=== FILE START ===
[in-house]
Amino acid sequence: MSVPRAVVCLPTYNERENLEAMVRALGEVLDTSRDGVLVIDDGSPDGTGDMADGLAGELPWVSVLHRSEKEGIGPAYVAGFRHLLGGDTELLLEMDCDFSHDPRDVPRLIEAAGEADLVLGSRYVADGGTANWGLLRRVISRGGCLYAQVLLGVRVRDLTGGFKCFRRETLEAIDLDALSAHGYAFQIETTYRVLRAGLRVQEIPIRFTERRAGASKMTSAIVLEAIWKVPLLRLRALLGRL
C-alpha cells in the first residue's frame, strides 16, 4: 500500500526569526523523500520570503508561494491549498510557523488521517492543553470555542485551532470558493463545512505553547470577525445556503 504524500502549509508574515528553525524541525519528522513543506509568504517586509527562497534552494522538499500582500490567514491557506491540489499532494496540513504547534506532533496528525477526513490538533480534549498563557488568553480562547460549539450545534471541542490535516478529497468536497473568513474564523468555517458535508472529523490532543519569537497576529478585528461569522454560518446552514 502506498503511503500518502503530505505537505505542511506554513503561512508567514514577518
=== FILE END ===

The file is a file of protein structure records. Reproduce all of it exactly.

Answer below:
[in-house]
Amino acid sequence: MSVPRAVVCLPTYNERENLEAMVRALGEVLDTSRDGVLVIDDGSPDGTGDMADGLAGELPWVSVLHRSEKEGIGPAYVAGFRHLLGGDTELLLEMDCDFSHDPRDVPRLIEAAGEADLVLGSRYVADGGTANWGLLRRVISRGGCLYAQVLLGVRVRDLTGGFKCFRRETLEAIDLDALSAHGYAFQIETTYRVLRAGLRVQEIPIRFTERRAGASKMTSAIVLEAIWKVPLLRLRALLGRL
C-alpha cells in the first residue's frame, strides 16, 4: 500500500526569526523523500520570503508561494491549498510557523488521517492543553470555542485551532470558493463545512505553547470577525445556503 504524500502549509508574515528553525524541525519528522513543506509568504517586509527562497534552494522538499500582500490567514491557506491540489499532494496540513504547534506532533496528525477526513490538533480534549498563557488568553480562547460549539450545534471541542490535516478529497468536497473568513474564523468555517458535508472529523490532543519569537497576529478585528461569522454560518446552514 502506498503511503500518502503530505505537505505542511506554513503561512508567514514577518